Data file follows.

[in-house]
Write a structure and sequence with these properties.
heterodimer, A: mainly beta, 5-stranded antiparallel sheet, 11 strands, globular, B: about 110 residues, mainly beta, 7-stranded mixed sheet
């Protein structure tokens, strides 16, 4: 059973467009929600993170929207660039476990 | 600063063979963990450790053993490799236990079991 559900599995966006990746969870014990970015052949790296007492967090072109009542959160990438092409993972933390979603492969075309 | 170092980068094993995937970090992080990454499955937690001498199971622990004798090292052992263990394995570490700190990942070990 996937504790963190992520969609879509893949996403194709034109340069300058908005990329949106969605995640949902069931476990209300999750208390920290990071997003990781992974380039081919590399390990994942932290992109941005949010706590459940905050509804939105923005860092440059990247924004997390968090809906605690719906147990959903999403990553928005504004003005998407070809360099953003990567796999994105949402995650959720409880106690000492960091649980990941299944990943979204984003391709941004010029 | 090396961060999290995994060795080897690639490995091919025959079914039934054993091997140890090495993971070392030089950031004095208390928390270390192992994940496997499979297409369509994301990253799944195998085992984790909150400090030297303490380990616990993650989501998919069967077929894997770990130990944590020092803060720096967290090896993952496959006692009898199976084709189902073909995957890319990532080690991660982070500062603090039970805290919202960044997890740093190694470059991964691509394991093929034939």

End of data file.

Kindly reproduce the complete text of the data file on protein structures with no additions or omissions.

[in-house]
Write a structure and sequence with these properties.
heterodimer, A: mainly beta, 5-stranded antiparallel sheet, 11 strands, globular, B: about 110 residues, mainly beta, 7-stranded mixed sheet
């Protein structure tokens, strides 16, 4: 059973467009929600993170929207660039476990 | 600063063979963990450790053993490799236990079991 559900599995966006990746969870014990970015052949790296007492967090072109009542959160990438092409993972933390979603492969075309 | 170092980068094993995937970090992080990454499955937690001498199971622990004798090292052992263990394995570490700190990942070990 996937504790963190992520969609879509893949996403194709034109340069300058908005990329949106969605995640949902069931476990209300999750208390920290990071997003990781992974380039081919590399390990994942932290992109941005949010706590459940905050509804939105923005860092440059990247924004997390968090809906605690719906147990959903999403990553928005504004003005998407070809360099953003990567796999994105949402995650959720409880106690000492960091649980990941299944990943979204984003391709941004010029 | 090396961060999290995994060795080897690639490995091919025959079914039934054993091997140890090495993971070392030089950031004095208390928390270390192992994940496997499979297409369509994301990253799944195998085992984790909150400090030297303490380990616990993650989501998919069967077929894997770990130990944590020092803060720096967290090896993952496959006692009898199976084709189902073909995957890319990532080690991660982070500062603090039970805290919202960044997890740093190694470059991964691509394991093929034939």